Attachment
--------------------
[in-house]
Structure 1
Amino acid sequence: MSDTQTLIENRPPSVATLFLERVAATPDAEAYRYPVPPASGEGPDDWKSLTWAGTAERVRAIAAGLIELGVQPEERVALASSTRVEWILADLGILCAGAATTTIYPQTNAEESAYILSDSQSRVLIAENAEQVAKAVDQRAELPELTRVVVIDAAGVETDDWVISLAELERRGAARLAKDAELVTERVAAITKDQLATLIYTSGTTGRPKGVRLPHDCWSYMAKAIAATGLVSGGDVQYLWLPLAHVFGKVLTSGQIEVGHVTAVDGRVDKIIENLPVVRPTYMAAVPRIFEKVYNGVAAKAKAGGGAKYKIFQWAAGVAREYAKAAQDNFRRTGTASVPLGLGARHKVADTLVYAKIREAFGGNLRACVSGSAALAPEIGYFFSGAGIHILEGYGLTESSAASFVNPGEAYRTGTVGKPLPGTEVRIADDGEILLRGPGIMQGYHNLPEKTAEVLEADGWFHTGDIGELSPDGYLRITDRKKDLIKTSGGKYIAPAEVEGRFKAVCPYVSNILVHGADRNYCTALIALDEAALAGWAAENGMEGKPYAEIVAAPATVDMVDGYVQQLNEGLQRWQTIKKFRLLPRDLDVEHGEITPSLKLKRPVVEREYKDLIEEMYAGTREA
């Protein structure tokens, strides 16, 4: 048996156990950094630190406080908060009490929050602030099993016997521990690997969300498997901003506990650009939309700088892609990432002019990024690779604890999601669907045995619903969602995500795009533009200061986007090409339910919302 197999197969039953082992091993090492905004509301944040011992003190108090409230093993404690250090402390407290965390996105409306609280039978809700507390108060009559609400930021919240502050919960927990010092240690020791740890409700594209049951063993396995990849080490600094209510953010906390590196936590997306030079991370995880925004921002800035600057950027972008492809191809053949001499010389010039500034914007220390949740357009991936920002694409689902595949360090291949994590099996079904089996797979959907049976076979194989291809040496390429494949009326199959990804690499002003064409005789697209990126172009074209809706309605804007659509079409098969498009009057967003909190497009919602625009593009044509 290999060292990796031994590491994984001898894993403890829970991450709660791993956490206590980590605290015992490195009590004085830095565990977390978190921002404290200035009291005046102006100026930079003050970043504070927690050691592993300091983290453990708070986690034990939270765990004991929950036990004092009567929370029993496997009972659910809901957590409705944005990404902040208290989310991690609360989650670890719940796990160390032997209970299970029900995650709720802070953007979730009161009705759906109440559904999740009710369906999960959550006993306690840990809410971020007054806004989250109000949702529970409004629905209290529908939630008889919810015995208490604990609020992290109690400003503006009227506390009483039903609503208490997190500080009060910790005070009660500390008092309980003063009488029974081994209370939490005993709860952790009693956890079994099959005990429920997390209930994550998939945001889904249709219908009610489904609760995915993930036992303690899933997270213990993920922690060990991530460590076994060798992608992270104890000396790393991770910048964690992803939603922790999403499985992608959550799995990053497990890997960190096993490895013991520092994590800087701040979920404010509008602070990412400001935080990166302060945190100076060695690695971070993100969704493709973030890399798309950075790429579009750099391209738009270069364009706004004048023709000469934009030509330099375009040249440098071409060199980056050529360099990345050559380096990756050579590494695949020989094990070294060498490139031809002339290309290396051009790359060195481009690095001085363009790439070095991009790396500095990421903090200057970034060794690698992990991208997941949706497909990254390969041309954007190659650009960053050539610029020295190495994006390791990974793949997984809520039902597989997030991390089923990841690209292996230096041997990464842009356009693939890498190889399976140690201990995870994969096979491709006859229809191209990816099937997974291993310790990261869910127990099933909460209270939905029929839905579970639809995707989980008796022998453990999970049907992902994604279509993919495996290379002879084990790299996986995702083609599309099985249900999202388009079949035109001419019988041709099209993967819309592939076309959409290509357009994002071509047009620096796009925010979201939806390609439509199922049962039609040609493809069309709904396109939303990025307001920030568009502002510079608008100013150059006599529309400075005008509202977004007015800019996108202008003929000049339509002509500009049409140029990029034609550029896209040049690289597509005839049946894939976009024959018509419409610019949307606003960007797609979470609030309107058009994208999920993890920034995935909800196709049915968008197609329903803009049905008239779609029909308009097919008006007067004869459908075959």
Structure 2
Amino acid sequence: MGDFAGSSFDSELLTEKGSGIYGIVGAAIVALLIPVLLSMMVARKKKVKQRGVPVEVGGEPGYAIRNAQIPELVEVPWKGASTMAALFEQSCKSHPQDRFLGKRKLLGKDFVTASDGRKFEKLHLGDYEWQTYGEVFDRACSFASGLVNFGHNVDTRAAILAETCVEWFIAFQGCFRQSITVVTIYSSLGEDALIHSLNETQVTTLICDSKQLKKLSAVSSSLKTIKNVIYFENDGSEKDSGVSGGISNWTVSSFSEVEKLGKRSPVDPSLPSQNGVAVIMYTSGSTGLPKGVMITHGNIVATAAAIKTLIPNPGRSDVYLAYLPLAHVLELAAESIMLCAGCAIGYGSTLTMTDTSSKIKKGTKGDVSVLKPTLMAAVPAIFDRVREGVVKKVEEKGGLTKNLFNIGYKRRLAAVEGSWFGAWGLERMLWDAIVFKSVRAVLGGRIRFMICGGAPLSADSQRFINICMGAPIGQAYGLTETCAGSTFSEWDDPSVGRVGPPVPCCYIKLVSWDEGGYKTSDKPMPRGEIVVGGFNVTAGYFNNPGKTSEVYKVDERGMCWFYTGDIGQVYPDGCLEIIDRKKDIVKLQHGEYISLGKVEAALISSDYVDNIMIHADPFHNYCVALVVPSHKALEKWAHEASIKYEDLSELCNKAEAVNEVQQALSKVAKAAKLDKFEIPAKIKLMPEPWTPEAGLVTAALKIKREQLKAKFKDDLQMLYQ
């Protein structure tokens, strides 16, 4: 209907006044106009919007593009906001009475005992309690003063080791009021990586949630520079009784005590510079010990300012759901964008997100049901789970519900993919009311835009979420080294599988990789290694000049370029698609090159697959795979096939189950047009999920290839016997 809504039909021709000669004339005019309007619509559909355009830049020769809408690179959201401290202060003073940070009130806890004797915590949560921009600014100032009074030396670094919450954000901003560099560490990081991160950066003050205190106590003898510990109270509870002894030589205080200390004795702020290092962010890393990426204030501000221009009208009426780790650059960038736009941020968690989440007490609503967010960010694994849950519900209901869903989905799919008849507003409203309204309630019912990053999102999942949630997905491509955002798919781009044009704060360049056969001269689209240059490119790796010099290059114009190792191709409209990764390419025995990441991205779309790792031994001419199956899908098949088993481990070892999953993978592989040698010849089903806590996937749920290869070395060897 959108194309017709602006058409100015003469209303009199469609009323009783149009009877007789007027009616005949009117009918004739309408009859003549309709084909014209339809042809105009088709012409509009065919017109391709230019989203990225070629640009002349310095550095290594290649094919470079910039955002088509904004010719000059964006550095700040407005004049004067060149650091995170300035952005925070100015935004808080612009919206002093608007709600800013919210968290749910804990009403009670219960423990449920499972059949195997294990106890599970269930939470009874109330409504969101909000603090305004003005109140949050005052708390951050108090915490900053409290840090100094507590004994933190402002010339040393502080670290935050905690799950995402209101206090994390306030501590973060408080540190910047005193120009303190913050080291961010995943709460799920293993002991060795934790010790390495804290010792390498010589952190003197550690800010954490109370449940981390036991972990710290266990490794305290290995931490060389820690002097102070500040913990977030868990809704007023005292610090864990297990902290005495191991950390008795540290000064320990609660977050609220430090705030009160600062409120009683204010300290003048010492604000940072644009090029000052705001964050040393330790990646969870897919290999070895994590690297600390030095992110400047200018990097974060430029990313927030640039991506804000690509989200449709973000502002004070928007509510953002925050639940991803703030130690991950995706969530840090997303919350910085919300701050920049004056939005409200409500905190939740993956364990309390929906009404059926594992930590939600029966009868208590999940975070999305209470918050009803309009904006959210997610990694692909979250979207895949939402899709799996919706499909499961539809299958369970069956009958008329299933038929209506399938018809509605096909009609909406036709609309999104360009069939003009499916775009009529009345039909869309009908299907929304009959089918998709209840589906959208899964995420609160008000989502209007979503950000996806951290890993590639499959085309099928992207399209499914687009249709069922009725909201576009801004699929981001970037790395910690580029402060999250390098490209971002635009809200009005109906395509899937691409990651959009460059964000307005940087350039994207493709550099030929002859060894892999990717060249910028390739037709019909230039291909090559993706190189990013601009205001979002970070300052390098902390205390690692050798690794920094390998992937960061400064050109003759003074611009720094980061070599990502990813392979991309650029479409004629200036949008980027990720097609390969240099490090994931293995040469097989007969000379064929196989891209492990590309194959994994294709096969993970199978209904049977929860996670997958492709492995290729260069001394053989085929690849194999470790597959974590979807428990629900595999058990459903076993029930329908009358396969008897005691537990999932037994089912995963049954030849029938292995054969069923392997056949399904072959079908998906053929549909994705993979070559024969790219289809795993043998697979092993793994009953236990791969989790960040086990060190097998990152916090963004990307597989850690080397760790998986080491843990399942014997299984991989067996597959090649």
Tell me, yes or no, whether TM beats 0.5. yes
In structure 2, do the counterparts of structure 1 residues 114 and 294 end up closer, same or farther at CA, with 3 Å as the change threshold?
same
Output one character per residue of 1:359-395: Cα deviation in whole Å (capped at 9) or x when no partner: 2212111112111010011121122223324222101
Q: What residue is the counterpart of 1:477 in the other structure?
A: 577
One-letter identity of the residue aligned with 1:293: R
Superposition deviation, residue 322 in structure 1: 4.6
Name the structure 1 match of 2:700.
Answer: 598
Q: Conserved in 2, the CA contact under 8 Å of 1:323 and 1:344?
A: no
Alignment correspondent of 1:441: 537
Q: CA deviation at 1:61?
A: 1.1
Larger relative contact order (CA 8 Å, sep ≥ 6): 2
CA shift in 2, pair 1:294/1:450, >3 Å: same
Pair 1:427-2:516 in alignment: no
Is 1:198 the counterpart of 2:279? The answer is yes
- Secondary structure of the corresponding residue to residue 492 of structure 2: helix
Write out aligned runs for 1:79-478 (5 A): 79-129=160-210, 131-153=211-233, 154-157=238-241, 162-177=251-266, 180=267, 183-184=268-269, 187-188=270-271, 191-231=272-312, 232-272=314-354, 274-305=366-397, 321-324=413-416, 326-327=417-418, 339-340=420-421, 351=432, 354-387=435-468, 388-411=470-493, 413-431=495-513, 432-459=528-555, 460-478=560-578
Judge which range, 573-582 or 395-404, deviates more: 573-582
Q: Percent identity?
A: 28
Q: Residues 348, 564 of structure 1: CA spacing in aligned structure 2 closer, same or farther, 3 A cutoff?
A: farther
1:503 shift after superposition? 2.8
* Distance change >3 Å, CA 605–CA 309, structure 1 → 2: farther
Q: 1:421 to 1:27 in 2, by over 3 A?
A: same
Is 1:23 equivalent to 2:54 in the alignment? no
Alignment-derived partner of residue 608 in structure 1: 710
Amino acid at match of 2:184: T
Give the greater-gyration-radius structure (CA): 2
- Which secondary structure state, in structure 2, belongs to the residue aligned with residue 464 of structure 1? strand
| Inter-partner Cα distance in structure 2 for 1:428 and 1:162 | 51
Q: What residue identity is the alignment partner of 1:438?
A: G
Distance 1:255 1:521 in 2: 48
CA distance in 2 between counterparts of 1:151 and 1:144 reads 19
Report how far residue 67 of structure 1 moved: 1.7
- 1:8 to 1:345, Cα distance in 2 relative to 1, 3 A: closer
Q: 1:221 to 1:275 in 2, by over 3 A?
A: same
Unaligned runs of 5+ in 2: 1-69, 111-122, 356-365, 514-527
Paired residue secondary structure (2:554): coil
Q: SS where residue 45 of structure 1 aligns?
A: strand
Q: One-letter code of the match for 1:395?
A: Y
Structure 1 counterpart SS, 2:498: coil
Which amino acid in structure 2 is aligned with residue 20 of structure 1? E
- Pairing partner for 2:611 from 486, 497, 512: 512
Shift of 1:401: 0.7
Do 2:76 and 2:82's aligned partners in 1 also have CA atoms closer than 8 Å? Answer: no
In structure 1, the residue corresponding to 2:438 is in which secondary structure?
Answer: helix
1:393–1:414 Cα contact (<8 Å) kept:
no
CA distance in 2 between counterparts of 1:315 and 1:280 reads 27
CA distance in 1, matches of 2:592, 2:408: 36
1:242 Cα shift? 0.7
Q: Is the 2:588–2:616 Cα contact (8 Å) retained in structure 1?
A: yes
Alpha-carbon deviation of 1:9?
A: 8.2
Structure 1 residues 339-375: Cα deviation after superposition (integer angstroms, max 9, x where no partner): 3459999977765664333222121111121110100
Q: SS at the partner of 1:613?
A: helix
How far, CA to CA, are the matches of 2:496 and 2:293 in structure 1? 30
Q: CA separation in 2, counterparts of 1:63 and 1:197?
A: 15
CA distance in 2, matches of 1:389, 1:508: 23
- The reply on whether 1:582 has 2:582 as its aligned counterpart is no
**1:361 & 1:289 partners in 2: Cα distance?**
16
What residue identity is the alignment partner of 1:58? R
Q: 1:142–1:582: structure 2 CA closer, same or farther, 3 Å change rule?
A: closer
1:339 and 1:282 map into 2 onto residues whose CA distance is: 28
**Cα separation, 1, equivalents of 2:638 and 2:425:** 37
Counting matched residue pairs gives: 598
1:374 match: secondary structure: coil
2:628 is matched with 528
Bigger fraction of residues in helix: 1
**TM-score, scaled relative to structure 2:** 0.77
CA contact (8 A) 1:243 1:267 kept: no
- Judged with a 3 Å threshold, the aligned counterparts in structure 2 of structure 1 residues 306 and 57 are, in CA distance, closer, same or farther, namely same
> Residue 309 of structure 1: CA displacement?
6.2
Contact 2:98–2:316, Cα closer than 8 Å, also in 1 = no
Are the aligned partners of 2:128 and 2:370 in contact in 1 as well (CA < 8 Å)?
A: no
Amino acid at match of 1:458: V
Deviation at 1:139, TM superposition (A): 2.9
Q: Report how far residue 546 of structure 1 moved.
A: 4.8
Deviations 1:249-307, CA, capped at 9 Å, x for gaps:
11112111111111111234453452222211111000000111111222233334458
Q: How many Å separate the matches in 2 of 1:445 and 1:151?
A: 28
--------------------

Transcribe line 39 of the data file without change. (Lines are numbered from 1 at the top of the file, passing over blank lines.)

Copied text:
Alignment-derived partner of residue 608 in structure 1: 710